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Financial services contributed £75.5 billion in UK tax revenue in 2018/19, employing around 1.1 million people. The 2019 Queen’s Speech background paper expressed a desire to bring forward, in the upcoming parliamentary session, legislation to:

Ensure that the UK maintains its world-leading regulatory standards and remains open to international markets after we leave the EU.

The Bill, Explanatory Notes, Delegated Powers Memorandum, Human Rights Memorandum and Impact Assessment have been published on the Bill page. The Bill’s stated objectives are to:

  • enhance the UK’s world-leading prudential standards and promote financial stability;
  • promote openness between the UK and international markets; and
  • maintain an effective financial services regulatory framework and sound capital markets.

The Bill takes an incremental approach, introducing technical reforms in these areas. The Treasury has consulted on some of the areas of the Bill but the responses to these consultations have not yet been published.

Perhaps given the technical nature of the changes, few have attracted significant media interest thus far.

The Bill amends existing laws on financial services in 17 distinct areas. In brief, grouped by its three stated objectives, these areas are:

Objective 1: Enhancing the UK’s world-leading prudential standards and promoting financial stability

1. Investment Firms Prudential Regime

Prudential rules require financial firms to hold assets and put in place procedures so that financial markets stay stable even in tough economic times. EU prudential rules passed in 2013 were viewed as requiring reform, in part because they applied largely the same rules to many different types of financial firms, without fully catering for their size and how risky their activities were. The EU therefore passed reforms in 2019 to create a new tailored prudential regime for investment firms, which will apply from 2021 – after the UK has left the European single market. Clauses 1 and 2 of the Bill therefore provide a framework for the UK’s own Investment Firms Prudential Regime, to be similar in substance to that being introduced in the EU and largely implemented in rules to be made by the UK Financial Conduct Authority (FCA).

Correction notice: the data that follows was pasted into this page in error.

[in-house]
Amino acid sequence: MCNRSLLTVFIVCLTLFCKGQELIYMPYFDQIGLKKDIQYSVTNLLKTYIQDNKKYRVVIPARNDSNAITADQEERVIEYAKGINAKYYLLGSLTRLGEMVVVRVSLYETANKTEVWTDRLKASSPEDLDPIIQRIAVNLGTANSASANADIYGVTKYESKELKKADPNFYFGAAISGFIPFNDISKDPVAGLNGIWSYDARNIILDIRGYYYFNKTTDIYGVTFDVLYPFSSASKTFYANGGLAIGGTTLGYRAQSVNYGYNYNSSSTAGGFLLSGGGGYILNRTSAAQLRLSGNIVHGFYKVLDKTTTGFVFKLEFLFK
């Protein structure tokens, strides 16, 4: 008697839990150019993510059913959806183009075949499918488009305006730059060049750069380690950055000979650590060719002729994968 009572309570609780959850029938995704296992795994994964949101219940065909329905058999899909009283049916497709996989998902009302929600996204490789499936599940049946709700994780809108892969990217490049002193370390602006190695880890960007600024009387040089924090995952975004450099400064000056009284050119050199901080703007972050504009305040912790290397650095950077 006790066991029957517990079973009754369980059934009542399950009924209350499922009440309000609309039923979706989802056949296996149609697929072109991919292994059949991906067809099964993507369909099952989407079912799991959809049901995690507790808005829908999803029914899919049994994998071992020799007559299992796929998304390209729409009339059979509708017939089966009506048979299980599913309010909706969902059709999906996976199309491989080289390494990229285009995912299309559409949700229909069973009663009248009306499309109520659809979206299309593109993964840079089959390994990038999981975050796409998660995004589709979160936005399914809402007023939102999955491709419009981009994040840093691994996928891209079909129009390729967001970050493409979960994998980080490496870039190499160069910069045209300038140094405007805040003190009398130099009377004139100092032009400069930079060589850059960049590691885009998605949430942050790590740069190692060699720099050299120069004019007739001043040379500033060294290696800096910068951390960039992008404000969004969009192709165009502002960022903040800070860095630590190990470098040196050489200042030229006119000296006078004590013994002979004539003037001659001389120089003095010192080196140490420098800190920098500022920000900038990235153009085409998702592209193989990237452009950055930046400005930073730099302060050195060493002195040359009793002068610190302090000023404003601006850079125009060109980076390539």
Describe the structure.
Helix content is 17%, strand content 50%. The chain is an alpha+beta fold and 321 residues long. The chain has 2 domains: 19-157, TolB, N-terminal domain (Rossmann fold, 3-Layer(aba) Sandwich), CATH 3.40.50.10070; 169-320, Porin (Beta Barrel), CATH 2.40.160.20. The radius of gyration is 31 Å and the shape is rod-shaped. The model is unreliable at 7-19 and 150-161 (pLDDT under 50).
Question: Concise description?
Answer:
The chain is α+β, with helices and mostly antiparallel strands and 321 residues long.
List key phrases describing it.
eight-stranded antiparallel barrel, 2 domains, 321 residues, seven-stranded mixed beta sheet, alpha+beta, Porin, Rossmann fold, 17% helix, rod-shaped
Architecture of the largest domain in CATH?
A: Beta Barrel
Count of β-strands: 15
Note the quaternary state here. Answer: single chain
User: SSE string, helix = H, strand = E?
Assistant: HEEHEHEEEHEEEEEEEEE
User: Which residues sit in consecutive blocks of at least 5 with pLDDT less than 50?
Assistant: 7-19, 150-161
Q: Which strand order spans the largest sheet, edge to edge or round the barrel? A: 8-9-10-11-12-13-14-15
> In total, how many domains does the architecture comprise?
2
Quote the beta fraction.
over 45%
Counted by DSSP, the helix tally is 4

2. Implementation of Basel III

The Basel III standards are a set of prudential rules which were internationally agreed after the 2007/2008 financial crisis. The UK has committed to implementing the Basel III standards in full by 2023. Some of these standards have already been implemented through legislation passed at EU level; clauses 3 to 7 of the Bill therefore amend existing laws, and grants the Treasury the power to make further amendments in future, in connection with the implementation of the Basel III standards. Since the UK Prudential Regulatory Authority (PRA) will also play a part in implementing these standards through its existing rule-making powers, the Bill also introduces an enhanced “accountability framework” with a list of matters the PRA must have regard to when exercising its rule-making powers.